I ask this question as SO contribution is largely a free decision: you can still keep using SO without making any contributions in return.

I'd expect Pareto statistics to apply in this case - it may even be heavily skewed, e.g. 95% of user contributions coming from 5% or less of contributing members.

But I'm just guessing. What's the real low-down here ?

  • 4
    That's not hard to figure out. There are roughly 300000 user account pages on Stack Overflow. You have to walk back to page 50000 or so to get to 31 rep. Walking back to page 10000 gets you in the 500 rep range, and page 1000 gets you into the 6250 rep range. At page 100, it's still only at about 47000 rep. So yes, it's a parietal distribution. Jul 2, 2020 at 20:39
  • Not to mention that most users of SO do not even have an account and just come here due to Google hits.
    – BDL
    Jul 2, 2020 at 20:50
  • 2
    This great answer details out the activity by .015%: meta.stackoverflow.com/a/387772 Jul 2, 2020 at 20:52
  • I was just thinking of those freely contributing only and what the profile of % of total contributions vs no. of contributors would look like. I am therefore excluding 'compelled contributors' like mods (paid & unpaid) as well as non-contributing users. You also have to define what a (useful) contribution is. It's not necessarily what another user may rate. Nor what a mod may find worthy because he/she is interested.Surely SO management have studied this ?
    – Trunk
    Jul 2, 2020 at 23:39
  • Yes, there is certainly a lot of contributions going on that doesn't give any reputation at all. Curation and most editing are included in those contributions. Then there is activity going on here on meta with some very good feature-requests. I don't think that's even remotely included in any statistics.
    – Scratte
    Jul 2, 2020 at 23:49
  • 3
    In what way do you think that a volunteer, community-elected moderator might be a "compelled contributor"? No moderators are paid anything. Jul 3, 2020 at 0:02
  • @Trunk "Surely SO management have studied this ?" Yes, repeated times probably. However, it's not only the number crunching, it's also what conclusions to draw and the decisions how to weigh the different aspects of the data. It's just a guess, but in the past SO management might have over- or undervalued the importance of heavy contributing members. What I like about SO research is that they frequently also seem to ask themselves about the things that are not (so easily) visible in the data, like the attrition rate etc. Jul 3, 2020 at 7:40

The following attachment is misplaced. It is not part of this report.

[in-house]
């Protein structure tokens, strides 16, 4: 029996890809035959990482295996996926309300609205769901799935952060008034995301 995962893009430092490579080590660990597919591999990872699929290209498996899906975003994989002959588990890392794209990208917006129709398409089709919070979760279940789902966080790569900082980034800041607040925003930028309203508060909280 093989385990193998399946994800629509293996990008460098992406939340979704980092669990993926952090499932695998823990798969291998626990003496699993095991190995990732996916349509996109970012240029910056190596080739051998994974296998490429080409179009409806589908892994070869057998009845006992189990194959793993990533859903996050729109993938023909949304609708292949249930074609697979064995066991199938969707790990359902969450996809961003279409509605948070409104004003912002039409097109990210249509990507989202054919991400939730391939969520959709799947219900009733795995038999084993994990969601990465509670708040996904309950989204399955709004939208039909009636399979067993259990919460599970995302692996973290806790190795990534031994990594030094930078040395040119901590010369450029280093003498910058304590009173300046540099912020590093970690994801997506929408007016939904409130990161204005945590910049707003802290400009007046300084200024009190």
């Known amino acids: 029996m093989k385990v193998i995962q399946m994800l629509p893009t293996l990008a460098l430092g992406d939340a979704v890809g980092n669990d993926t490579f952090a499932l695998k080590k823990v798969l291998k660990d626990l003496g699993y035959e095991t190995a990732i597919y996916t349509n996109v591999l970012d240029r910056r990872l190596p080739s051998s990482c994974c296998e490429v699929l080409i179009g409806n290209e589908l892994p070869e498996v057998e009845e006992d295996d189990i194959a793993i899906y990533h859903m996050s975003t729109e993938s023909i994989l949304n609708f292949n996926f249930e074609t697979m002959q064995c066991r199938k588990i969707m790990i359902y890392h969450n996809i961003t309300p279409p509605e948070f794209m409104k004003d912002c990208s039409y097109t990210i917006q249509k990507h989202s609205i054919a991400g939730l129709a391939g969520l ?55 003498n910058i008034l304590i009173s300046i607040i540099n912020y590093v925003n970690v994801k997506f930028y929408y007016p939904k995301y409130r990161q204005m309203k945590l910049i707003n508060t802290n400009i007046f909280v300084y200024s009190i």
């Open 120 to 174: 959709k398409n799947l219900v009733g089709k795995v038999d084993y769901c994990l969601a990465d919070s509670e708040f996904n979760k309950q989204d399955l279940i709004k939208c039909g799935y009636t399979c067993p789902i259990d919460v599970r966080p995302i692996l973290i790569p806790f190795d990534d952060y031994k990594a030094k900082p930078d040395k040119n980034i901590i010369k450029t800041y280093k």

• @CodyGray: Clearly, if I volunteer for mod duties on SO, I will feel compelled to do some moderating. This involves evaluation and often commenting - and occasionally up- or down-voting of new posts and comments. The latter are things that I might only do as a non-moderator if I happened to see those posts/comments by chance and found them interesting enough to react to.
    – Trunk
    Jul 3, 2020 at 9:57
  • @Scratte: That is how it should be. But most new comments and posts are read by mods these days, aren't they ? And it always seemed to me that some of these comments/posts - especially if they were made to older threads - were voted on by those same mods.But we are getting away from my main question here, i.e. the statistics of 'useful' contributors and how skewed they may be in terms of the proportion of all useful contributors. I accept SO has its own 'interests' and therefore preferences as regards user analysis. But all analysis must start with precise data. And no - I don't want the job !
    – Trunk
    Jul 3, 2020 at 10:02
  • I think it would make it easier if we were to refer to "mods" or "moderators" as the currently 20 elected moderators and to the others as "curators". Moderators do not come across most posts, because there are just too many of them. Curators come across post in curating queues or just by chance when browsing the site. All users are potential curators since everyone can either up/down-vote, flag and/or close-vote.
    – Scratte
    Jul 3, 2020 at 10:16
  • How would you measure that a user didn't upvote a post or didn't flag a comment, but just read it and moved on? Or made a useful comment as opposed to an non-useful one? I guess I'm asking: Am I contributing more if I answer a post but neglect to flag it as off-topic, than if I flag it without answering it, or comment to ask the author to edit their post with links to self-help?
    – Scratte
    Jul 3, 2020 at 10:23
  • @Scratte: Maybe by consideration of positive ratings of the contribution BOTH mods and other users, assuming the two types of ratings are stored separately.
    – Trunk
    Jul 3, 2020 at 14:20

1 Answer 1


Obviously there are many ways to contribute to SO, but if we use "posts" as a proxy for "contribution activity" then... yeah... 1% of contributing members (<50K users) generate 99.8% of posts.

SDE query enter image description here It might be Pareto distributed, if alpha is really high -- I'd have to output the csv and run a test -- but it's more extreme than the "80/20" rule people know as the "Pareto principle."

  • This is the first time I've used SEDE, so it's possible I'm missing a filter or something. Please let me know!
    – C8H10N4O2
    Jul 3, 2020 at 0:31

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